Rugby World Cup legacy continues to inspire

September 18 marks 1 year on from the Rugby World Cup

Legacy continue to attract more participants to the sport

One year on from Rugby World Cup 2015, the most successful World Cup ever, a lasting legacy continues to grow participation and improve the rugby environment at a grassroots level.

“We planned meticulously prior to Rugby World Cup launching our Lead Up and Legacy Strategy in October 2012,” says Steve Grainger, RFU Rugby Development Director. 

“The RFU invested £25 million, as well as time and resources to ensure the tournament positively impacted the game at a grassroots level. Our preparation paid off as we have seen rugby grow considerably across the country with a rise in participation, improved facilities and greater support across all areas of the game.” 


One of the main successes of the legacy has been a rise in participation across all age ages and abilities.

CBRE All Schools, now including 500 hundred state secondary schools, has exposed rugby to 340,000 young people who had previously not had the opportunity to play. The programme will continue to expand with 250 more CBRE All Schools in place by Rugby World Cup 2019.

Focusing on attracting a range of ages and abilities to the game, the RFU’s legacy also targets women and girls, Touch and returning players.

The RFU’s target is to get 25,000 women and girls playing contact rugby by 2017 and is on track to achieve this. The RFU’s nationwide ‘Pitch up and Play’ rugby taster sessions have helped attract those new to rugby, with specifically tailored session to introduce them to the basics of the game.


The Rugby World Cup 2015 legacy has funded the training of 6,352 newly qualified coaches of 15-a-side rugby 5,000 newly qualified 15-a-side referees and 4,388 newly qualified children’s rugby referees, ensuring the growth of participation can be managed across all levels of the game.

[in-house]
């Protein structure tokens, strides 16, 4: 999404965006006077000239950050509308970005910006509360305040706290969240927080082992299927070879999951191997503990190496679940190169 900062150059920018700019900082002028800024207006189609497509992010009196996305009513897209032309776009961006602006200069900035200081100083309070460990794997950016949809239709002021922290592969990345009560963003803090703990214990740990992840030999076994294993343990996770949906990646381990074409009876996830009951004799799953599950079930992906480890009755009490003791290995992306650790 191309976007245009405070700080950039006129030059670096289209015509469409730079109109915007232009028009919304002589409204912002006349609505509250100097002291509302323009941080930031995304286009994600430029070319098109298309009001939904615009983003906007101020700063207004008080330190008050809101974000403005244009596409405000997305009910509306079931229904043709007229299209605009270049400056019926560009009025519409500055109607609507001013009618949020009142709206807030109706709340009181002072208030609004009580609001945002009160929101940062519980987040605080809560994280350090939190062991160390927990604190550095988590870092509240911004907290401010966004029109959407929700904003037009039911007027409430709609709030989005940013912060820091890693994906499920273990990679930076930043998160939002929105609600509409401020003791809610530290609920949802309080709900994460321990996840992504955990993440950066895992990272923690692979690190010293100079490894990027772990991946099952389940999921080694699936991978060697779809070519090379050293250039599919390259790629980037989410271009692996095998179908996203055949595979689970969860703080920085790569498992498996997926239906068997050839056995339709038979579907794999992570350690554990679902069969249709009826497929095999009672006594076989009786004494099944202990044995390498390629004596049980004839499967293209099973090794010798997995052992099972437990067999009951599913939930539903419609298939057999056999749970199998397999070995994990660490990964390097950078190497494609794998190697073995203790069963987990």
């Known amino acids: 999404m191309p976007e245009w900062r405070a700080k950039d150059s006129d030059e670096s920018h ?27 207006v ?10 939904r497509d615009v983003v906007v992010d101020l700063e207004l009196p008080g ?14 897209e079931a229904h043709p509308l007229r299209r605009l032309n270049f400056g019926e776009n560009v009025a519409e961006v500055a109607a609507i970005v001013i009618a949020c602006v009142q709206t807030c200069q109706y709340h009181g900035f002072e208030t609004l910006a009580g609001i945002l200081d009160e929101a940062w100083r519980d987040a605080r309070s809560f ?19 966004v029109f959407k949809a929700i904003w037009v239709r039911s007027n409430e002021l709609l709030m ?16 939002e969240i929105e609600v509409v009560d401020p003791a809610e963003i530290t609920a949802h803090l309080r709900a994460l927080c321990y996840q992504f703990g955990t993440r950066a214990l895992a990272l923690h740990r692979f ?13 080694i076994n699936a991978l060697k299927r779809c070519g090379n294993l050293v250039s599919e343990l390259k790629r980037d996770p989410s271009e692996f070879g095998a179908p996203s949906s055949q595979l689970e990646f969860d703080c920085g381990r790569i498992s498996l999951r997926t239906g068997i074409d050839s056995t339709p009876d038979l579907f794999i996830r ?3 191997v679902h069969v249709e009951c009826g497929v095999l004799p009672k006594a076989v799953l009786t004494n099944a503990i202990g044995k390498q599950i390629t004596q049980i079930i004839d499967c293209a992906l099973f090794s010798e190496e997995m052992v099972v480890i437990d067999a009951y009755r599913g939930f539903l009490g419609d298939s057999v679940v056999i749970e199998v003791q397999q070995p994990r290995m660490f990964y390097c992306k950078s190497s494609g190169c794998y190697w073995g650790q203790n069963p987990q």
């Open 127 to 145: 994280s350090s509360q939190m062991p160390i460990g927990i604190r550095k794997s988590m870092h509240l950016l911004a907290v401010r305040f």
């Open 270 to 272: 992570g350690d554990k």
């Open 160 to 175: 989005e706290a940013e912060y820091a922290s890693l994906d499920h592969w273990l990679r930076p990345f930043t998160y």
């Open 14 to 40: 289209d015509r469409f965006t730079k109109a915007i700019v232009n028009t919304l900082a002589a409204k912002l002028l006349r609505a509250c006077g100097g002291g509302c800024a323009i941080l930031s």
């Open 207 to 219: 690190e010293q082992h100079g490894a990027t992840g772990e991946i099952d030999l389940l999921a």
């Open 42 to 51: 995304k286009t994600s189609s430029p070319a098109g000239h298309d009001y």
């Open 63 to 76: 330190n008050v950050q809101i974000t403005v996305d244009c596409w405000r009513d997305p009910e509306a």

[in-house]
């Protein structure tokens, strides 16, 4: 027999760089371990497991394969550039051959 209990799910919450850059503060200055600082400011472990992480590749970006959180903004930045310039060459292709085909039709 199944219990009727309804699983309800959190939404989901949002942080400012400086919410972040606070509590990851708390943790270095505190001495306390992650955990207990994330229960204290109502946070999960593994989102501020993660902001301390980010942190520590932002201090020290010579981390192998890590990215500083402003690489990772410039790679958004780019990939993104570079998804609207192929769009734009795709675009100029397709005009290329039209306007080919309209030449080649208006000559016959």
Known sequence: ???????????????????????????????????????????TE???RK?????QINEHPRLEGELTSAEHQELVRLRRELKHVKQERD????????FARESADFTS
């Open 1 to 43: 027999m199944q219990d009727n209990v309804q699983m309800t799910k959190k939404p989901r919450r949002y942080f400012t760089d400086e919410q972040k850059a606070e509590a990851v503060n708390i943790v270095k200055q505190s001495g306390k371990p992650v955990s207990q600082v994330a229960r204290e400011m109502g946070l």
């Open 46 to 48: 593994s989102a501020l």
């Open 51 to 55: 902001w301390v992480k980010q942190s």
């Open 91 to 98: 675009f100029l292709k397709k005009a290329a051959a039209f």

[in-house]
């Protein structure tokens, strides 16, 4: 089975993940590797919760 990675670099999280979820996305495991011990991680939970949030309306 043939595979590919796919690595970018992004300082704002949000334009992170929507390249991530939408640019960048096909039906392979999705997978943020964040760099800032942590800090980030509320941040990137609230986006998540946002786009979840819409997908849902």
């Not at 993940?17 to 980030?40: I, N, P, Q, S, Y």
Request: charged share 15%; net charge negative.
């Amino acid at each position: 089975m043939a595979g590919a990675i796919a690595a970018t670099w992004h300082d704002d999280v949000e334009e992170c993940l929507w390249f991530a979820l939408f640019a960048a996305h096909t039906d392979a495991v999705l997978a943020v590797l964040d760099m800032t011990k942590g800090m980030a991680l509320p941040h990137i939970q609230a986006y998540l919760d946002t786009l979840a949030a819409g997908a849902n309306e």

The RFU’s Unity Project, in partnership with World Rugby, Rugby Europe and UK Sport, has also seen over 500 coaches and 200 referees trained in its efforts to develop grassroots rugby across 17 European nations.


More than £10m has been invested in club facilities with a total project value of £47m in over 550 clubs across the country. The investment has enabled clubs to improve their playing surfaces, artificial pitches, floodlights, changing facilities and social spaces.

Work has also begun on the RFU’s first Artificial Grass Pitches (AGPs) in Weston Super Mare, Preston and Aylesbury, with additional pitches, including one in the North East, set to be fully operational by the end of the season.

The three pitches are part of the RFU’s plan to deliver over £50 million investment over four years into the development of 100 AGPs across England.


Prior to the tournament, the RFU identified seven priority areas for financial support; better facilities, investment in people, schools, returning players, touch rugby, working with other nations to grow the game and cultural engagement.

Ian Ritchie, RFU Chief Executive Officer, says the legacy continues to grow the sport across the country. “One year on from Rugby World Cup, we have seen the success of the tournament continuing to benefit players, clubs, schools and universities across the country.

“We have seen more rugby playing schools, coaches, referees, volunteers, and improved facilities in grassroots rugby clubs. We have already achieved some of our targets but we have even greater ambitions which we hope to accomplish over the coming years in order to ensure the game continues to prosper.”

Read more details in ‘A Lasting Legacy‘ and the seven pillars on which the Rugby World Cup legacy was built

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